The same thing can be said of administration of justice.
7. The observations in our judgment to the effect that -
'The Allahabad case on which the learned Ses J. has relied was decided more than 17 years ago & since then conditions have changed considerably. Drastic laws for the prevention of corruption amongst public official have been enacted by the Legislature & provisions have been made for passing deterrent sentences on corrupt officials.'
were made by way of reply to the argument put forth by the learned counsel for lighter punishment based on the reasoning adopted by the learned Judges in the reported decision of Emperor v. Dtnkar Rao, 55 ALL. 664 : (A. I. R. (20) 1993 ALL. 513 : 34 Cr. L. J. 623). We must congratulate Mr. Mohanty that he has left no stone unturned to support his client's case. He has been fair & candid in citing to us the authority of the later Allahabad case which gives ample support to the view that we have taken.
8. With regard to the decision in the earlier, Allahabad case. it is regrettable that it was cited before the Ses. J. & also before us notwithstanding that its roll as a precedent has been considerably shaken. In his judgment his Lordship Malik J. (as he then was) has observed, with reference to that decision (reported in Emperor v. Dinkarrao, 55 ALL 654 : (A. I. R. (20) 1933 ALL. 513 : 34 Cr. L. J. 623), that it will not serve as a general rule in the matter of assessment of sentences. I would quote his Lordship :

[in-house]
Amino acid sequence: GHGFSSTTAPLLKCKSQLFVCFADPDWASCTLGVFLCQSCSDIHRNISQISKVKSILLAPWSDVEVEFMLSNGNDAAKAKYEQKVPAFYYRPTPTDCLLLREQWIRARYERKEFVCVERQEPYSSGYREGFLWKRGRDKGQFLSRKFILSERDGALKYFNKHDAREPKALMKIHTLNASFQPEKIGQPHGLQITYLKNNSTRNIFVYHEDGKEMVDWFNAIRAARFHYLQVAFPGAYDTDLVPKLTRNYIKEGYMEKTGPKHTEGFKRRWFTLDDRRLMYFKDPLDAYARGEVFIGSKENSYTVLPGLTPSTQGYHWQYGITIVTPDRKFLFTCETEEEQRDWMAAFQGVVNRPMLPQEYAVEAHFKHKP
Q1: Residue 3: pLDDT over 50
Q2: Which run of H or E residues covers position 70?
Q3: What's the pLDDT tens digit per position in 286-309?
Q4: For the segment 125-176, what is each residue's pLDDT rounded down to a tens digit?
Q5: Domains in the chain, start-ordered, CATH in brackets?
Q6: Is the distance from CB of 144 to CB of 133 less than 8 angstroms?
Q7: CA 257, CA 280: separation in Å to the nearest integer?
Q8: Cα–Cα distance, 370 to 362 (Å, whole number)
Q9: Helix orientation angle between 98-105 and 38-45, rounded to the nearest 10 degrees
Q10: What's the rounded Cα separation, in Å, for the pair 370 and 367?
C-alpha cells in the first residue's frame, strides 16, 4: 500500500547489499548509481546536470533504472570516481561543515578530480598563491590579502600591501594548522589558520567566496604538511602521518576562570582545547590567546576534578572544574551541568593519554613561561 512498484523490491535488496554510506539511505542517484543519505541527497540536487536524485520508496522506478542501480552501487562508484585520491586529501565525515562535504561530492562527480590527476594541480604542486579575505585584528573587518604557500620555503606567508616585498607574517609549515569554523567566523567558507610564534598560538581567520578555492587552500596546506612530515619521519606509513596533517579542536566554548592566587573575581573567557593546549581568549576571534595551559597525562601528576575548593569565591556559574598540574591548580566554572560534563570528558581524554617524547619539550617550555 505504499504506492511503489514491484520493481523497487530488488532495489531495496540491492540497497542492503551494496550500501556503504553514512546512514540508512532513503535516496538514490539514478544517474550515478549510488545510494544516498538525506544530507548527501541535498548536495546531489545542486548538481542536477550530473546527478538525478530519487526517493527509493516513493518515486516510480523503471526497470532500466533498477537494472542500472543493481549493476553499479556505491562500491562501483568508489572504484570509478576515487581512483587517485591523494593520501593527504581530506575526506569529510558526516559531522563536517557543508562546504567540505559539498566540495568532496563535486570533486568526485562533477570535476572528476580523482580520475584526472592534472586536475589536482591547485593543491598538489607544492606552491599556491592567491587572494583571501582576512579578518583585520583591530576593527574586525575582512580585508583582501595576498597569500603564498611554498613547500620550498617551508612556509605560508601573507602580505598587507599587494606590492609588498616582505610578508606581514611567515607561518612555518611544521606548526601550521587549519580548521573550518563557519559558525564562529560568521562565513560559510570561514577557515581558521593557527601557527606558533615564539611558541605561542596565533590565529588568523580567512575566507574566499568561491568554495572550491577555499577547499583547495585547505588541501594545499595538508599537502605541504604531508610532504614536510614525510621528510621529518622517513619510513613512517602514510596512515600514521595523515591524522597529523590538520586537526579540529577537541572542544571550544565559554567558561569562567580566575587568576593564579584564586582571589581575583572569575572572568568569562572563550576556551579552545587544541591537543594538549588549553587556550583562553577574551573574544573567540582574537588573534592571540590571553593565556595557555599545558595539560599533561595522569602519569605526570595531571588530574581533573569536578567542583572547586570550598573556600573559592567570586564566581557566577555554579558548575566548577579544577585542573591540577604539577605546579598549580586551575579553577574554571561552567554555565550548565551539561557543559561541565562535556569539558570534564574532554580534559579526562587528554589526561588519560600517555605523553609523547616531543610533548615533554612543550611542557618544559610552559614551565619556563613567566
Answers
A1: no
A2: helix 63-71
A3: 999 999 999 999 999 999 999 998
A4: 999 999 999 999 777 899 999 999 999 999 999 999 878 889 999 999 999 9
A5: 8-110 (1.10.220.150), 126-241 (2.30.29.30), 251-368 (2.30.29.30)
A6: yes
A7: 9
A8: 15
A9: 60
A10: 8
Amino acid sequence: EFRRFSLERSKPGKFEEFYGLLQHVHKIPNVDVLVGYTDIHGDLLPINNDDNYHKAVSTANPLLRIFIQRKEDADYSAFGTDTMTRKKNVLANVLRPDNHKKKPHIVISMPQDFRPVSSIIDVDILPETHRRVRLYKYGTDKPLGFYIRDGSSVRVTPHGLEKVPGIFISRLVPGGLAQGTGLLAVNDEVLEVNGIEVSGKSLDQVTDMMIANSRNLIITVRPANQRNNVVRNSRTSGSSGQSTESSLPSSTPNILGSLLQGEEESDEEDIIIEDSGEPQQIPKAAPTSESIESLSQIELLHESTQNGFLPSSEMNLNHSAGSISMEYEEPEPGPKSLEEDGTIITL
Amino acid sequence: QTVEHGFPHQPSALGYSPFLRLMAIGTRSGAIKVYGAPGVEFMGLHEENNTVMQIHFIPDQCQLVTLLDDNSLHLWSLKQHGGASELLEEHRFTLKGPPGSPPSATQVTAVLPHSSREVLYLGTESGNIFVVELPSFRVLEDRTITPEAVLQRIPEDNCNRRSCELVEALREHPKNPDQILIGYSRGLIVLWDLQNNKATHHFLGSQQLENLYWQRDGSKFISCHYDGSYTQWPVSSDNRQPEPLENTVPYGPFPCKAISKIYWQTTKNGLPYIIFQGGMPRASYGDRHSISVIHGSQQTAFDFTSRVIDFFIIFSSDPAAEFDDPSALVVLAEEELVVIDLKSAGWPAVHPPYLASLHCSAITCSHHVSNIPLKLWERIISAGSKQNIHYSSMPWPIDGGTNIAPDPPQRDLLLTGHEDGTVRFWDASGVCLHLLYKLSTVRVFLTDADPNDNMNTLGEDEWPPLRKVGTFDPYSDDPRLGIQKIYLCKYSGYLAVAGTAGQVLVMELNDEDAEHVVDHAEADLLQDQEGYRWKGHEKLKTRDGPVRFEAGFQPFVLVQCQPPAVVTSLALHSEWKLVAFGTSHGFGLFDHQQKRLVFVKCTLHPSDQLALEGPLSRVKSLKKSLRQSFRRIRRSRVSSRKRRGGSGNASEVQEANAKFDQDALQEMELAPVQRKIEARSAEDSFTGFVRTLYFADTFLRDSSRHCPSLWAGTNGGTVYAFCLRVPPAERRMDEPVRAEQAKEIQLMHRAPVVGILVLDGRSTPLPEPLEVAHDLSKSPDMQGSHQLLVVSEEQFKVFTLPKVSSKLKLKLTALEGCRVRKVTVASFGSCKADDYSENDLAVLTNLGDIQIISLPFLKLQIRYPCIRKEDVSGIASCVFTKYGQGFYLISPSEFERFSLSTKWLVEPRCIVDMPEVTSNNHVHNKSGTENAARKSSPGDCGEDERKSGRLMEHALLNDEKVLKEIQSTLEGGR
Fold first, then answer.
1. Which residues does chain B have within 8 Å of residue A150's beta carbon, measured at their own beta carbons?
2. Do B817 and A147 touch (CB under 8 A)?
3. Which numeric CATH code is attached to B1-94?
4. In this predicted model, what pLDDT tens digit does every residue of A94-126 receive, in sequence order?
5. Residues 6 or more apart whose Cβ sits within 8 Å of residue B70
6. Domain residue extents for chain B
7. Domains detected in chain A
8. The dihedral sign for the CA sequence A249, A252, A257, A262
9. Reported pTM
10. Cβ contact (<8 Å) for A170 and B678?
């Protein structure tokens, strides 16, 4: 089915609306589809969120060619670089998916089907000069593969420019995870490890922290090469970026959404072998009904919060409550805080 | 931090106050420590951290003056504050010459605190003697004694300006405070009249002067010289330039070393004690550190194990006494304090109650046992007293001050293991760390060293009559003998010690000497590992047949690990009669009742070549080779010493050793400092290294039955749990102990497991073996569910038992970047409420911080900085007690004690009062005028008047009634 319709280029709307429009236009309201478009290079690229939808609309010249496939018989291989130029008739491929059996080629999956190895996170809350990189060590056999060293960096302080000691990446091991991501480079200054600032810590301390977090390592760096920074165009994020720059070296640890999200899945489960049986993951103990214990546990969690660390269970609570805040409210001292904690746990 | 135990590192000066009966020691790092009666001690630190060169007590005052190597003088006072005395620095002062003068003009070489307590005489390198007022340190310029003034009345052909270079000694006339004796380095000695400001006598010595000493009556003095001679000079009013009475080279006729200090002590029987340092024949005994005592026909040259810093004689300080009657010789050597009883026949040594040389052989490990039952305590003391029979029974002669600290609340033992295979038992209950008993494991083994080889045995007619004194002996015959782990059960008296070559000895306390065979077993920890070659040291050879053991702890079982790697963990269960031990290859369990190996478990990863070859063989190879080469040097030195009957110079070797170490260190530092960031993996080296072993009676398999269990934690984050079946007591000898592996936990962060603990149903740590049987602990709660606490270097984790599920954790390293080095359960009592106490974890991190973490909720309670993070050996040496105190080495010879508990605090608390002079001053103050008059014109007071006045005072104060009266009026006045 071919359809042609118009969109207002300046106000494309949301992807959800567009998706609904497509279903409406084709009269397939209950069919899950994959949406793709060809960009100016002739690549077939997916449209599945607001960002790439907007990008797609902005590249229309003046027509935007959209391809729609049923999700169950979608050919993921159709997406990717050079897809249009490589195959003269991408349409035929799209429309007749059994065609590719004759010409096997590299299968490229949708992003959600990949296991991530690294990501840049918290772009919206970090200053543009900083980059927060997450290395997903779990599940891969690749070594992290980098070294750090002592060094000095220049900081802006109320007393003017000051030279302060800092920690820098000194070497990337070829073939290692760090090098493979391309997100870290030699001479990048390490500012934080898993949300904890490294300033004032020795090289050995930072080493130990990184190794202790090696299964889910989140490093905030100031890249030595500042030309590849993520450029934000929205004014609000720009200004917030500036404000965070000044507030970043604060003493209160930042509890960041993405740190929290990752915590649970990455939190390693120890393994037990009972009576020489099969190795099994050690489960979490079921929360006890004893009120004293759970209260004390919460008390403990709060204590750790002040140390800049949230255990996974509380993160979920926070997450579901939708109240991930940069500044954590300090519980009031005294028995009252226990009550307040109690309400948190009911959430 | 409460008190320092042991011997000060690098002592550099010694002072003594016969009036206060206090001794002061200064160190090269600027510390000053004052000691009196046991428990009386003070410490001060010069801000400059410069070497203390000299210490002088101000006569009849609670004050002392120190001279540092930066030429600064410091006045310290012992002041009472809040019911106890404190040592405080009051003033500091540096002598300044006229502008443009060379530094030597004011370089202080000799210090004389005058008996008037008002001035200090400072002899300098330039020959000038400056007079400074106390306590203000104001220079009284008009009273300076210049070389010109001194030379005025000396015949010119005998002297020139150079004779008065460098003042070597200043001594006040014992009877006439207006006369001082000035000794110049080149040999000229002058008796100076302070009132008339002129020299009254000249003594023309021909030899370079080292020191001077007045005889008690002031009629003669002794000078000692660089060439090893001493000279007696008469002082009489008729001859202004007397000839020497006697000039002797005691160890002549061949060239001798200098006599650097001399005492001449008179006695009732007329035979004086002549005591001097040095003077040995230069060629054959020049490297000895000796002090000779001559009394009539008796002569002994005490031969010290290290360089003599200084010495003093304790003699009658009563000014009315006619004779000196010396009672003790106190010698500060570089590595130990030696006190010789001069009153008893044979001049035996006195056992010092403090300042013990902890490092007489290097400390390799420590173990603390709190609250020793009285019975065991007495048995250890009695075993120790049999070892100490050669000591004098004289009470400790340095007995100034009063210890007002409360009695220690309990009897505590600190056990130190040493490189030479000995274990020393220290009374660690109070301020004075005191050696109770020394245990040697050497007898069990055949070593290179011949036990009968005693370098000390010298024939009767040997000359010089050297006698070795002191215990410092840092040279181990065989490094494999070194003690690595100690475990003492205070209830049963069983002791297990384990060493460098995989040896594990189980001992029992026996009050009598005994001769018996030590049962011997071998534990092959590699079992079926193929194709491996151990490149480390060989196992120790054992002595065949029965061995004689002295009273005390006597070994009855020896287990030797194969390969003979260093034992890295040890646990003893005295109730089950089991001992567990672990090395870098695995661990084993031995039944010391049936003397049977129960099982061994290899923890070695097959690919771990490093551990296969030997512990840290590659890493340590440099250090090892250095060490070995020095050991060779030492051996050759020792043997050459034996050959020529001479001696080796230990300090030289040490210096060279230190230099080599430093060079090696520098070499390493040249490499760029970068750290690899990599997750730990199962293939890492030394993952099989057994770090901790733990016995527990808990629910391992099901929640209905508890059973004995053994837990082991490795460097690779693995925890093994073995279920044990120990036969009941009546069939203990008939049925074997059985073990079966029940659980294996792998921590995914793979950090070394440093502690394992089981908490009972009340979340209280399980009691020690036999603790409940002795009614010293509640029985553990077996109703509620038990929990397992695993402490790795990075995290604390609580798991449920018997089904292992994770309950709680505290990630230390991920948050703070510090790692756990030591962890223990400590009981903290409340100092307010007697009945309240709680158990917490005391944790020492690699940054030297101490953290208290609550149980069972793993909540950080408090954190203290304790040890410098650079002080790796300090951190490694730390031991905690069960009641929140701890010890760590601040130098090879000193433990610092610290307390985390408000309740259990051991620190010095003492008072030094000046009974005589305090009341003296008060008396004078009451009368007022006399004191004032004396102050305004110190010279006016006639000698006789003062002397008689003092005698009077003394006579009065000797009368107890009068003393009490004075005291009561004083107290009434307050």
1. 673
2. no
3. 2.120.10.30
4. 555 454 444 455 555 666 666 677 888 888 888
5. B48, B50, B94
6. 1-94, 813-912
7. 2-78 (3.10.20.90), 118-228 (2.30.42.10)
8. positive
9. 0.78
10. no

'The learned Advocate-General has argued that the decision in Emperor v. Dinkar Rao, 55 All. 654 : (A. I. R. (20) 1933 All. 513 : 34 Cr. L. J. 623) is taken by the subordinate Cts. as of general authority & we must lay down that mere fact that trap was laid for the accused should not be any ground for awarding a lighter sentence. I may, however, point out that the question of sentence must in each case depend upon a variety of considerations & is a matter primarily in the discretion of the Ct. which passes the sentence. This Ct. in passing the sentence of a nominal fine in Emperor v. Dinkar Rao, 55 411. 654 : (A. I. R. (20) 1933 All 513 : 34 Cr. L. J. 623) did so in view of the facts of that case & never intended to lay down any general principles in the matter of awarding sentences in oases of bribery ... & all that I need say is that this Ct. did not when deciding the case in Emperor v. Dinkar Rao 55 All. 654 : (A. I. R (20) 1933 All. 513 : 34 Cr. L. J. 623) intend to fetter the discretion of the lower Crs. in any manner as to the adequate sentence to be passed in cases of abetment of bribery.'